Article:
Rebel Uprising Podcast

Transform Technical Presentations from Boring to Soaring

Did you inadvertently nod-off when you got to the phrase “technical presentations” in the title?

Most audiences do too!

Most people think this type of presentation is reserved for scientists, researchers and engineers.  Actually, you most likely give this kind of presentation and don't even know it. Anytime you explain what your business does and how it does it – that's a technical presentation. Have you ever given a demonstration on how to do something? Explained an abstract concept like faith? Both technical presentations!

Presenting a technical speech is one of the biggest challenges for speakers. Here are 3 tips to make your next technical presentation transform from boring to soaring!

Tip #1 – Better Know the Audience

Before giving any type of presentation, you have to know WHO you are presenting to. What is their level of expertise in your topic? Do they understand the specialized language? Why are they listening to your speech? Try to find out as much as you can about the audience so you can meet their needs in the presentation.

During the presentation observe the audience and assess their understanding. For more tips on connecting with an audience, check out this post on how to Keep the Audience NEAR.

Tip #2 – Stories are the Best Way to Connect

People respond to stories. It draws them in and makes them want to know more. Every time I give a research presentation, I start with a story. It can be about how I relate to the topic, an interesting a-ha moment I had while conducting research or even someone else's story that relates to the speech.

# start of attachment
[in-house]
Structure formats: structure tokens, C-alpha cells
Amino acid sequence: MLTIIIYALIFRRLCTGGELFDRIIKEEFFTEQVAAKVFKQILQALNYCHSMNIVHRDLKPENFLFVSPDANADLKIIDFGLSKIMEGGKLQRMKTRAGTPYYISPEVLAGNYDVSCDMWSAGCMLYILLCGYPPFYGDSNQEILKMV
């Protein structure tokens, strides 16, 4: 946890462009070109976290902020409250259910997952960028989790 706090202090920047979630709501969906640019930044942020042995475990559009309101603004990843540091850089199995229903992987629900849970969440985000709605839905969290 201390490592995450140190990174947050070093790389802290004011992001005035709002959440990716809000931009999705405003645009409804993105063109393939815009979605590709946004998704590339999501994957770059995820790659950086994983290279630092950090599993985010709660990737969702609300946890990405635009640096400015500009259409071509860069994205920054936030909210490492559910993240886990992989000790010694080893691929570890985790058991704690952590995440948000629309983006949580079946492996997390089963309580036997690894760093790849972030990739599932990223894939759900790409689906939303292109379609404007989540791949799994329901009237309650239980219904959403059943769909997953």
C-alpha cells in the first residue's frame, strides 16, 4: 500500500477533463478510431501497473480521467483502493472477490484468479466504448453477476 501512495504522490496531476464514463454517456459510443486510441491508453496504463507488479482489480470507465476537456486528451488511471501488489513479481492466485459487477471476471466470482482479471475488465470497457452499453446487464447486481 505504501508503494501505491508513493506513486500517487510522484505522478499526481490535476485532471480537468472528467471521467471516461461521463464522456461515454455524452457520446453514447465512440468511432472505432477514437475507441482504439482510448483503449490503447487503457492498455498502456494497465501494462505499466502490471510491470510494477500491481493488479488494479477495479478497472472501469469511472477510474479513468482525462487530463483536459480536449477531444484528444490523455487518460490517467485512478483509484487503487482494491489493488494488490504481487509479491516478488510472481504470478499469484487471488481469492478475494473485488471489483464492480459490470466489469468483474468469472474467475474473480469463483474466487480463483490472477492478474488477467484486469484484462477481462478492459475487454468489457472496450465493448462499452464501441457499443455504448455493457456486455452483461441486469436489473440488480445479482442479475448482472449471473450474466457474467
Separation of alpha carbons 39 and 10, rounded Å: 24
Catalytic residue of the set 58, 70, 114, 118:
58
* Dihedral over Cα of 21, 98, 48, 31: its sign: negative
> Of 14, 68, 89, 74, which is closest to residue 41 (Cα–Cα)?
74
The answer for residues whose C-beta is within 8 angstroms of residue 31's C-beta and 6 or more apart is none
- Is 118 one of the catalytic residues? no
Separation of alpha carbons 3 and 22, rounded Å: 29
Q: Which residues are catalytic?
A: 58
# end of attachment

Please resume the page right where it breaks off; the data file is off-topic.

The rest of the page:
Even the MOST technical of presentation can incorporate stories. You just have to be creative in finding the narrative that fits.

Tip #3 – Relate Numbers to the Audience

There are only 56 days of sun in Seattle, WA.

I'm not trying to get your pity. That is a paltry number of sunny days, but there is a better way to relate that number in a more engaging way to the audience.

Numbers are abstract. The bigger the number the harder it is for the audience to relate to. Instead of saying 56 – try in a typical month there are less than 5 days of sun in Seattle – that's just a bit more than one sunny day per week. Makes that dismal 56 downright abysmal in the eyes your audience.

Here are more great tips for visualizing numbers from Ethos3 – The Value of Numbers

Technical presentations do not have to be a snore fest! The challenge is to make them understandable so they connect with your audience.

What do you think is the most difficult part of giving a technical presentation? How did you overcome it? I'd love to hear what you think in the comments section.

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